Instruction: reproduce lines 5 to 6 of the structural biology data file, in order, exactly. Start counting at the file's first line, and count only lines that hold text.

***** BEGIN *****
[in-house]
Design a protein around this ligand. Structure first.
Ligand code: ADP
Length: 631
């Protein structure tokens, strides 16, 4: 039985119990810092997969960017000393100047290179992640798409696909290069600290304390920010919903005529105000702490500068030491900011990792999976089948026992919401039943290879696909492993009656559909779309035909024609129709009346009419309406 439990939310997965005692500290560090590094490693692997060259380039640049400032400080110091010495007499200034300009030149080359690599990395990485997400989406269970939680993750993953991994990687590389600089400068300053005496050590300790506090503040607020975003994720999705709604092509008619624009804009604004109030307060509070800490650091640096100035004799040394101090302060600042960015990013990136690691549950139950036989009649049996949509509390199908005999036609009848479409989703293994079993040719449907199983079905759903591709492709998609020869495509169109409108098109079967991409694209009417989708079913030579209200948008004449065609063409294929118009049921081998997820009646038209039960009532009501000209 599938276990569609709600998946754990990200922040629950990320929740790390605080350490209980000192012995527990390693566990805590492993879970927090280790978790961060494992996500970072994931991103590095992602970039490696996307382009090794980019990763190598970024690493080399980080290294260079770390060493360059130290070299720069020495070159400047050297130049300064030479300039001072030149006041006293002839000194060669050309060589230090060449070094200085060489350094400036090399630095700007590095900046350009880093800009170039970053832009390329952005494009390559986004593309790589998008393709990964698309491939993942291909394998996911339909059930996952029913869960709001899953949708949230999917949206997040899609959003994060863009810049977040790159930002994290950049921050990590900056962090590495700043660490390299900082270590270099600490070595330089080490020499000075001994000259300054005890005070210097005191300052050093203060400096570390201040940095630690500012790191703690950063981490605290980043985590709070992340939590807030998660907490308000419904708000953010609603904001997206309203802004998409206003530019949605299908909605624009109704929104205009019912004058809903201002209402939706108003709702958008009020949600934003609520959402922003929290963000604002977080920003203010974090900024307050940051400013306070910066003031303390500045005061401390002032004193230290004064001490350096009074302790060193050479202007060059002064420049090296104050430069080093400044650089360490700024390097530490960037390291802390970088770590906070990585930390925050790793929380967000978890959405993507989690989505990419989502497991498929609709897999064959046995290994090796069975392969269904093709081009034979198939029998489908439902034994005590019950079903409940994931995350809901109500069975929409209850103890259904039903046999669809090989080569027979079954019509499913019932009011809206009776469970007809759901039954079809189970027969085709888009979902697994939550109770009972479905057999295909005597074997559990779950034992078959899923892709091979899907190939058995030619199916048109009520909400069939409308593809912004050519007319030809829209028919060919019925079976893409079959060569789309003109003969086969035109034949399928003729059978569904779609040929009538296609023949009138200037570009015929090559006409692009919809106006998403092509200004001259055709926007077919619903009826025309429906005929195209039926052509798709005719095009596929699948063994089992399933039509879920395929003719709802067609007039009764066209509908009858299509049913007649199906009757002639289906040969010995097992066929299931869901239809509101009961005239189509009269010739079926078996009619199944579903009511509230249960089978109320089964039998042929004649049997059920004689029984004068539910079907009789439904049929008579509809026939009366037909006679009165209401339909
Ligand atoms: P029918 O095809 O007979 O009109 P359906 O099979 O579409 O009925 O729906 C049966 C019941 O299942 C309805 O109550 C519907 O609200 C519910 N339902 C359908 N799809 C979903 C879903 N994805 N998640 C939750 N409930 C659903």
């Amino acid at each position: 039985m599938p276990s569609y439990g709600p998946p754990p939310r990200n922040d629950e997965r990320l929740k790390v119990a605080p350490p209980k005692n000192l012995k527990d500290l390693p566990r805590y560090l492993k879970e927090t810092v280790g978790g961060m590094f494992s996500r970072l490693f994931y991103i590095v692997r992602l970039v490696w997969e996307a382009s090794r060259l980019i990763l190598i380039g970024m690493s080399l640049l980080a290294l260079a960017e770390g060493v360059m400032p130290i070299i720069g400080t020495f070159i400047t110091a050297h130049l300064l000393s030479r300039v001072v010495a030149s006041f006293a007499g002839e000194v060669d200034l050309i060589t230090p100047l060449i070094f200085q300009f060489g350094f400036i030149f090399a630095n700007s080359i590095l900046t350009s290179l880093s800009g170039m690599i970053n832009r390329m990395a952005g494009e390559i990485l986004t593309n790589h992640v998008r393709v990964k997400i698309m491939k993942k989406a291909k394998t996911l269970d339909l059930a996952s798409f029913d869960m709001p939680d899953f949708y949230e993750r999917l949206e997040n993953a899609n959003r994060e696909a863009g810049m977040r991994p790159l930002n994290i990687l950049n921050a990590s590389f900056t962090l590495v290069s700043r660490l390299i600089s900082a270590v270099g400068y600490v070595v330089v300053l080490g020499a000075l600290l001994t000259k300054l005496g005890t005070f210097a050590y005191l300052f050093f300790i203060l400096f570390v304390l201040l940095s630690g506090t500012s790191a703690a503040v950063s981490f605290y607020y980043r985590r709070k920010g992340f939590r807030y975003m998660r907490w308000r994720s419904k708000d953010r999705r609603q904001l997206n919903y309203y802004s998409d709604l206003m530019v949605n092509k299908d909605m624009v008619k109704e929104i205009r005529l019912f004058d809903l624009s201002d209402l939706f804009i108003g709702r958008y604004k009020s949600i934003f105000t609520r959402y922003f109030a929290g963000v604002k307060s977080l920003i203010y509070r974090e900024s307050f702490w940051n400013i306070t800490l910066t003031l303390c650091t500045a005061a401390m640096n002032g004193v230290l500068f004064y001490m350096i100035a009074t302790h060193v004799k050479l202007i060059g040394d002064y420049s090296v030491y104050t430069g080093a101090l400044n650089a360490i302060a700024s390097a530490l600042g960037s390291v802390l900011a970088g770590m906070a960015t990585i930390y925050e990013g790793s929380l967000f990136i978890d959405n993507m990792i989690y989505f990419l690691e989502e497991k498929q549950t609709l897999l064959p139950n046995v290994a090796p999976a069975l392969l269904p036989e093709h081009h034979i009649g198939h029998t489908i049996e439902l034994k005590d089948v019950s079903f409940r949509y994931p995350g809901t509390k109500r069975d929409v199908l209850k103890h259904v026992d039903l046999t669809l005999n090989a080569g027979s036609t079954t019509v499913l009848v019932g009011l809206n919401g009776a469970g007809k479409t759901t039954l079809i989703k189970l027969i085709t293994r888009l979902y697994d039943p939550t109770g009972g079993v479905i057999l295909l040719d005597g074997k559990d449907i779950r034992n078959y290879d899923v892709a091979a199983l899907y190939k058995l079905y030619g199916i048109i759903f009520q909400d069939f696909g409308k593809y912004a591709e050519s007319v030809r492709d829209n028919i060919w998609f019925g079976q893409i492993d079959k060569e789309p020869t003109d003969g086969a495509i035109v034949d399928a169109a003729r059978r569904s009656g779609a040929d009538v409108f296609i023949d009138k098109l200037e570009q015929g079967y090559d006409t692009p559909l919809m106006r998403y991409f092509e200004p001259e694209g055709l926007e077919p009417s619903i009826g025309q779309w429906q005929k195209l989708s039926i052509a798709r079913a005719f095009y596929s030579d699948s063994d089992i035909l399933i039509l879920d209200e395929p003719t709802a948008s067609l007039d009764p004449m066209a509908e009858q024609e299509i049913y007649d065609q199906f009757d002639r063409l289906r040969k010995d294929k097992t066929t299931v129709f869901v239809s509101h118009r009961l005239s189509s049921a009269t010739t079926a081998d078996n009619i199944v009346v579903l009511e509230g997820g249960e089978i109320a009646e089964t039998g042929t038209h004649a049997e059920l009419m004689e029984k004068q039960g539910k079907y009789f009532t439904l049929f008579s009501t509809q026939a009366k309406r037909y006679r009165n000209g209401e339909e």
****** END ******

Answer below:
């Protein structure tokens, strides 16, 4: 039985119990810092997969960017000393100047290179992640798409696909290069600290304390920010919903005529105000702490500068030491900011990792999976089948026992919401039943290879696909492993009656559909779309035909024609129709009346009419309406 439990939310997965005692500290560090590094490693692997060259380039640049400032400080110091010495007499200034300009030149080359690599990395990485997400989406269970939680993750993953991994990687590389600089400068300053005496050590300790506090503040607020975003994720999705709604092509008619624009804009604004109030307060509070800490650091640096100035004799040394101090302060600042960015990013990136690691549950139950036989009649049996949509509390199908005999036609009848479409989703293994079993040719449907199983079905759903591709492709998609020869495509169109409108098109079967991409694209009417989708079913030579209200948008004449065609063409294929118009049921081998997820009646038209039960009532009501000209 599938276990569609709600998946754990990200922040629950990320929740790390605080350490209980000192012995527990390693566990805590492993879970927090280790978790961060494992996500970072994931991103590095992602970039490696996307382009090794980019990763190598970024690493080399980080290294260079770390060493360059130290070299720069020495070159400047050297130049300064030479300039001072030149006041006293002839000194060669050309060589230090060449070094200085060489350094400036090399630095700007590095900046350009880093800009170039970053832009390329952005494009390559986004593309790589998008393709990964698309491939993942291909394998996911339909059930996952029913869960709001899953949708949230999917949206997040899609959003994060863009810049977040790159930002994290950049921050990590900056962090590495700043660490390299900082270590270099600490070595330089080490020499000075001994000259300054005890005070210097005191300052050093203060400096570390201040940095630690500012790191703690950063981490605290980043985590709070992340939590807030998660907490308000419904708000953010609603904001997206309203802004998409206003530019949605299908909605624009109704929104205009019912004058809903201002209402939706108003709702958008009020949600934003609520959402922003929290963000604002977080920003203010974090900024307050940051400013306070910066003031303390500045005061401390002032004193230290004064001490350096009074302790060193050479202007060059002064420049090296104050430069080093400044650089360490700024390097530490960037390291802390970088770590906070990585930390925050790793929380967000978890959405993507989690989505990419989502497991498929609709897999064959046995290994090796069975392969269904093709081009034979198939029998489908439902034994005590019950079903409940994931995350809901109500069975929409209850103890259904039903046999669809090989080569027979079954019509499913019932009011809206009776469970007809759901039954079809189970027969085709888009979902697994939550109770009972479905057999295909005597074997559990779950034992078959899923892709091979899907190939058995030619199916048109009520909400069939409308593809912004050519007319030809829209028919060919019925079976893409079959060569789309003109003969086969035109034949399928003729059978569904779609040929009538296609023949009138200037570009015929090559006409692009919809106006998403092509200004001259055709926007077919619903009826025309429906005929195209039926052509798709005719095009596929699948063994089992399933039509879920395929003719709802067609007039009764066209509908009858299509049913007649199906009757002639289906040969010995097992066929299931869901239809509101009961005239189509009269010739079926078996009619199944579903009511509230249960089978109320089964039998042929004649049997059920004689029984004068539910079907009789439904049929008579509809026939009366037909006679009165209401339909
Ligand atoms: P029918 O095809 O007979 O009109 P359906 O099979 O579409 O009925 O729906 C049966 C019941 O299942 C309805 O109550 C519907 O609200 C519910 N339902 C359908 N799809 C979903 C879903 N994805 N998640 C939750 N409930 C659903």